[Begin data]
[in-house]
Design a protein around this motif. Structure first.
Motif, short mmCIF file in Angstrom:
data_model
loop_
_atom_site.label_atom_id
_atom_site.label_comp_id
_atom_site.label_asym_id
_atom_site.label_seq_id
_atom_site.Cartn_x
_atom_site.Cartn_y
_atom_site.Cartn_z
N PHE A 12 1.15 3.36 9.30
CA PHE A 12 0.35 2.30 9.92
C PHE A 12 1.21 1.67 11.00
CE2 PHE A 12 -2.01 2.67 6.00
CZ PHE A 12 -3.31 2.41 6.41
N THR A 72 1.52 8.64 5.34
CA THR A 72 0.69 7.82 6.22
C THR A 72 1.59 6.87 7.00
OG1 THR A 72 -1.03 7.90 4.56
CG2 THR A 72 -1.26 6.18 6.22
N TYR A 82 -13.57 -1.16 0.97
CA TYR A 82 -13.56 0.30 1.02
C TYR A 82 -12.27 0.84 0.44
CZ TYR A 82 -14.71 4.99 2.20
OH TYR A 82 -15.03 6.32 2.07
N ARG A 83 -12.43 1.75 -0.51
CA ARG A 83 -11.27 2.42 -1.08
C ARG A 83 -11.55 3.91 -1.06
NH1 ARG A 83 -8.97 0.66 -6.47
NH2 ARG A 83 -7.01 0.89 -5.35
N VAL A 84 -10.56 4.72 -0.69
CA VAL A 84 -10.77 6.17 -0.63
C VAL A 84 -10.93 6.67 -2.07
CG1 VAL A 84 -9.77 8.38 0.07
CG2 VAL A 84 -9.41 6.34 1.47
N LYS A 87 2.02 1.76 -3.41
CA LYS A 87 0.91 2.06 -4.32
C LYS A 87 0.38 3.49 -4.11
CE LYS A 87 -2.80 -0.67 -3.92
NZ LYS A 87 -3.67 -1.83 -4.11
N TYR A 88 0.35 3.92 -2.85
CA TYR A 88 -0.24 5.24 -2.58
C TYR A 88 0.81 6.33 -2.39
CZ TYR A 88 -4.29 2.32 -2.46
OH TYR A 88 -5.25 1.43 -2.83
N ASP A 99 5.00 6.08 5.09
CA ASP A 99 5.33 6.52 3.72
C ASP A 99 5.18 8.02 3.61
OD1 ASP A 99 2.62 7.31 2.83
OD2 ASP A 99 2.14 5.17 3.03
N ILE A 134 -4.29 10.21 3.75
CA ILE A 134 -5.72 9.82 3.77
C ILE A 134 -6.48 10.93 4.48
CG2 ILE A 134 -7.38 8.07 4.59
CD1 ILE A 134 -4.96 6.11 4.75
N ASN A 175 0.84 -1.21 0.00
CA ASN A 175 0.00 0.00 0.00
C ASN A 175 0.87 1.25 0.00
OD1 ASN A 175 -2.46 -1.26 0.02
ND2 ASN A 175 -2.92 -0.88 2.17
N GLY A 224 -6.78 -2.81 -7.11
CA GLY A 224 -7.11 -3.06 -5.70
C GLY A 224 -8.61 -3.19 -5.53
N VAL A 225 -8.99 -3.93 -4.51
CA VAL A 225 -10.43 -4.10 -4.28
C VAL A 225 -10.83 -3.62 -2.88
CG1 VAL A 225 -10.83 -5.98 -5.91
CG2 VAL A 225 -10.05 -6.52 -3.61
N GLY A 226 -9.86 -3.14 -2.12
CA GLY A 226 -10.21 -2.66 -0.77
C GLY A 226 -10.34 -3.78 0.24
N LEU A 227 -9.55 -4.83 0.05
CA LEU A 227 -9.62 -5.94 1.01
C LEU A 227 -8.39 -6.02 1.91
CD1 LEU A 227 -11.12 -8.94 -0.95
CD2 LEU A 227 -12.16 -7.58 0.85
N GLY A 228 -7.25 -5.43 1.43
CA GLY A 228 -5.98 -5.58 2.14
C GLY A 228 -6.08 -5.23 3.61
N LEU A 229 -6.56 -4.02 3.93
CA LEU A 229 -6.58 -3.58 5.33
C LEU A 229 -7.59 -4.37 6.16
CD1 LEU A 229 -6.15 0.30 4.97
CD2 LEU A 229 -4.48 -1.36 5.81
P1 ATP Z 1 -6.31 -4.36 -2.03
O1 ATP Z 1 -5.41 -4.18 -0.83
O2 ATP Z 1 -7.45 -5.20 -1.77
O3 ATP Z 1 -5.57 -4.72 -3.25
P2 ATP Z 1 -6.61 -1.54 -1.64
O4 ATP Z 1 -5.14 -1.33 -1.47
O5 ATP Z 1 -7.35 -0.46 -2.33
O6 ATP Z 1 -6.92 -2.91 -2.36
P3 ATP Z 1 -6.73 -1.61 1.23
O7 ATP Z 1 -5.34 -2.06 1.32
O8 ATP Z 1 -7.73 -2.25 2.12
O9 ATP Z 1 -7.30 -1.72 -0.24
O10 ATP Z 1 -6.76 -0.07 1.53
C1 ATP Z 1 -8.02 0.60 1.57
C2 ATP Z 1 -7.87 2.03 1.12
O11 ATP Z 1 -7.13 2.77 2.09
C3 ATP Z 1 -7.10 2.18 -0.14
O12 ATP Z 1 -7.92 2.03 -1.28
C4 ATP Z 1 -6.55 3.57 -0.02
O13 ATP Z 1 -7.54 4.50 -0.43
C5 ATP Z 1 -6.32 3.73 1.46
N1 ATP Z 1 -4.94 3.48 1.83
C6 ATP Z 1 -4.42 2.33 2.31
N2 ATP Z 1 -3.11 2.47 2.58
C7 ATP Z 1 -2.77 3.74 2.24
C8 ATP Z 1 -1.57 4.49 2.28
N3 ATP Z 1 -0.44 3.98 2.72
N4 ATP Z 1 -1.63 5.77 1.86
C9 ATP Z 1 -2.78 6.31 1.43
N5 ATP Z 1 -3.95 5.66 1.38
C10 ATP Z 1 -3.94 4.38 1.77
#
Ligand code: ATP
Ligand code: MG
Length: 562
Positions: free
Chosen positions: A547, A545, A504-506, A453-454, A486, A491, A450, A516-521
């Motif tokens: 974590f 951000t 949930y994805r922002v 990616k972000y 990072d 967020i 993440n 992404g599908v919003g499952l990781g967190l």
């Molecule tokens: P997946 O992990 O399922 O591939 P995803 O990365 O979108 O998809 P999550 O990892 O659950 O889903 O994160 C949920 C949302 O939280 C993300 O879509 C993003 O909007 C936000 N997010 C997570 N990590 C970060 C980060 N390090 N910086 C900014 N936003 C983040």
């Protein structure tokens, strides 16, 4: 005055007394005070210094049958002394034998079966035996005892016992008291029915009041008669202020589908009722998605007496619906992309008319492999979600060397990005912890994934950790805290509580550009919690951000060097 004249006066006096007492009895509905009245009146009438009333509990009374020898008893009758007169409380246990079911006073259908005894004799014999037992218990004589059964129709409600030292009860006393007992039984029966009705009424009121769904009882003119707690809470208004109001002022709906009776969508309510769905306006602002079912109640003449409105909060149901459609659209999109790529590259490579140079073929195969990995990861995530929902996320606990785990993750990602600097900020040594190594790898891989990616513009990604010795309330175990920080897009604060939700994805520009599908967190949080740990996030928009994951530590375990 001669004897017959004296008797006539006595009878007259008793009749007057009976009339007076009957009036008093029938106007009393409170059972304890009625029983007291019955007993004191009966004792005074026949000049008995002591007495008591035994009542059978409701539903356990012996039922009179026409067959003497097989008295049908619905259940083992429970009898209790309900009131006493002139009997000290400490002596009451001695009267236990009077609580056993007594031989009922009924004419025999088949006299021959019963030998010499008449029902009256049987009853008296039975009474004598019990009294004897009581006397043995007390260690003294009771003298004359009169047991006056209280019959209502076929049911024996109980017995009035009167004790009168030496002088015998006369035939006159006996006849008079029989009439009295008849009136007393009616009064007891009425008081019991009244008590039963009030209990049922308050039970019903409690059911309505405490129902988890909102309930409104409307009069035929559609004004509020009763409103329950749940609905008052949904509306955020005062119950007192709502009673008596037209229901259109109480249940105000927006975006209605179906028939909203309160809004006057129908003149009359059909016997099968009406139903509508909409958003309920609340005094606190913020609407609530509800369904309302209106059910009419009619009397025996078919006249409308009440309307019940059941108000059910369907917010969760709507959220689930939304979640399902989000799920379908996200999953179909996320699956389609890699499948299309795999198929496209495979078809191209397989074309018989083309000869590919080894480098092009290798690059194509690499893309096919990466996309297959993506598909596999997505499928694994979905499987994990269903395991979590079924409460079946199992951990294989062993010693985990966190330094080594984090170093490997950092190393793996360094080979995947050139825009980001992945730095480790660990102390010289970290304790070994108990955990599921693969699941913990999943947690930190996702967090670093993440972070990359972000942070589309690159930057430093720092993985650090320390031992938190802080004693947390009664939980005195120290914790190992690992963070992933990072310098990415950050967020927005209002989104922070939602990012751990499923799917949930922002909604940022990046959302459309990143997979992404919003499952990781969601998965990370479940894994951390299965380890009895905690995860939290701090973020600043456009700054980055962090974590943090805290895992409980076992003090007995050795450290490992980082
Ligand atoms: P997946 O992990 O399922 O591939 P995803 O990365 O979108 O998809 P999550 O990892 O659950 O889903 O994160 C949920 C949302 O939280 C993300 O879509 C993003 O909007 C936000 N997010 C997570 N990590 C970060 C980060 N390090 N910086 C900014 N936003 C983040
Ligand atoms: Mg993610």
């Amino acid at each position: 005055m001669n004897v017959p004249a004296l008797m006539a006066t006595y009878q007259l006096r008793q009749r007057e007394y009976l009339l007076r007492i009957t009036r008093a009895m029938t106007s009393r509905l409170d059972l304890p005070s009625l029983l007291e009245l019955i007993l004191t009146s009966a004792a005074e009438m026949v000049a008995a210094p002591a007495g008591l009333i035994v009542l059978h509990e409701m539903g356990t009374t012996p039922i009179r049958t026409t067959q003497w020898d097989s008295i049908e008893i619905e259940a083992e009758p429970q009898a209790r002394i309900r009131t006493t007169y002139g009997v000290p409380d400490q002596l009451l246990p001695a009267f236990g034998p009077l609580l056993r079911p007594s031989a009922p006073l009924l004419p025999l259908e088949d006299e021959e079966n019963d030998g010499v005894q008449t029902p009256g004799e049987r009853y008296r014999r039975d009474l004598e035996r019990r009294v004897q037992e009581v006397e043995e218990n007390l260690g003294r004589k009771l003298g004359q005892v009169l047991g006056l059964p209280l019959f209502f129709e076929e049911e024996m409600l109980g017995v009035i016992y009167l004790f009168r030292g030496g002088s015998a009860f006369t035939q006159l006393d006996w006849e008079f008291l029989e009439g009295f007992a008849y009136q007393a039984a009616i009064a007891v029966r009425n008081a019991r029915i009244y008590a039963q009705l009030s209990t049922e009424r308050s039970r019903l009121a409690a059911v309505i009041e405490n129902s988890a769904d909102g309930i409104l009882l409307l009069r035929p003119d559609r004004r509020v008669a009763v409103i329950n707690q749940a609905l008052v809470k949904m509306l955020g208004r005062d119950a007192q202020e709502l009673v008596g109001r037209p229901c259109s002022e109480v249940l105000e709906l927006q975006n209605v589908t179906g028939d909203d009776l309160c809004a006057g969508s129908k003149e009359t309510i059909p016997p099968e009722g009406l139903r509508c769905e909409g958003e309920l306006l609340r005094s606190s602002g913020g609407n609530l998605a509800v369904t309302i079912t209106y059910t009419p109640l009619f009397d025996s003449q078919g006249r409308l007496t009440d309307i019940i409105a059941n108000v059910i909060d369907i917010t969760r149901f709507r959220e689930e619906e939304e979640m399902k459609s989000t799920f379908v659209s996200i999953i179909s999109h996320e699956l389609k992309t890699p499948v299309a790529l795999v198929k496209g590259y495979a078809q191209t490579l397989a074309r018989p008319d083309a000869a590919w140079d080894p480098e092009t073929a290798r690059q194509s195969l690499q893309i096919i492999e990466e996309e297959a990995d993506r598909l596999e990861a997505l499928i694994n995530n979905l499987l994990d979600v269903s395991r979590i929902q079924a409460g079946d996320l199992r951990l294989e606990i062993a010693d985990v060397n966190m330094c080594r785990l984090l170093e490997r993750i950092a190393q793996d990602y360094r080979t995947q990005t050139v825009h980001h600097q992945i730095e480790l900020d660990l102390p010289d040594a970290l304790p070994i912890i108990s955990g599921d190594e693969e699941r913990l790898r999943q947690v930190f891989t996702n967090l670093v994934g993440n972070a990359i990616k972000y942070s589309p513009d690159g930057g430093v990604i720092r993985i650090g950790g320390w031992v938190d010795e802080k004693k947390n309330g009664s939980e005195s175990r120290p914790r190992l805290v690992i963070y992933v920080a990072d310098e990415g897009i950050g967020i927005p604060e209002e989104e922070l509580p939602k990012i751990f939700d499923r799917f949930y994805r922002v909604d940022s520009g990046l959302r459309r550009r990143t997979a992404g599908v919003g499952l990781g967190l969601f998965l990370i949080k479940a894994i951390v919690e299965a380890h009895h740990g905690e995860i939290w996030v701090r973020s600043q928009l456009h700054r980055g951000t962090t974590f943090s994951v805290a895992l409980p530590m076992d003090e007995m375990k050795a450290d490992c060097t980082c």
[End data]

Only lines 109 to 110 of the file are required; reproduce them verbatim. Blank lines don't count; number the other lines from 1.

C6 ATP Z 1 -4.42 2.33 2.31
N2 ATP Z 1 -3.11 2.47 2.58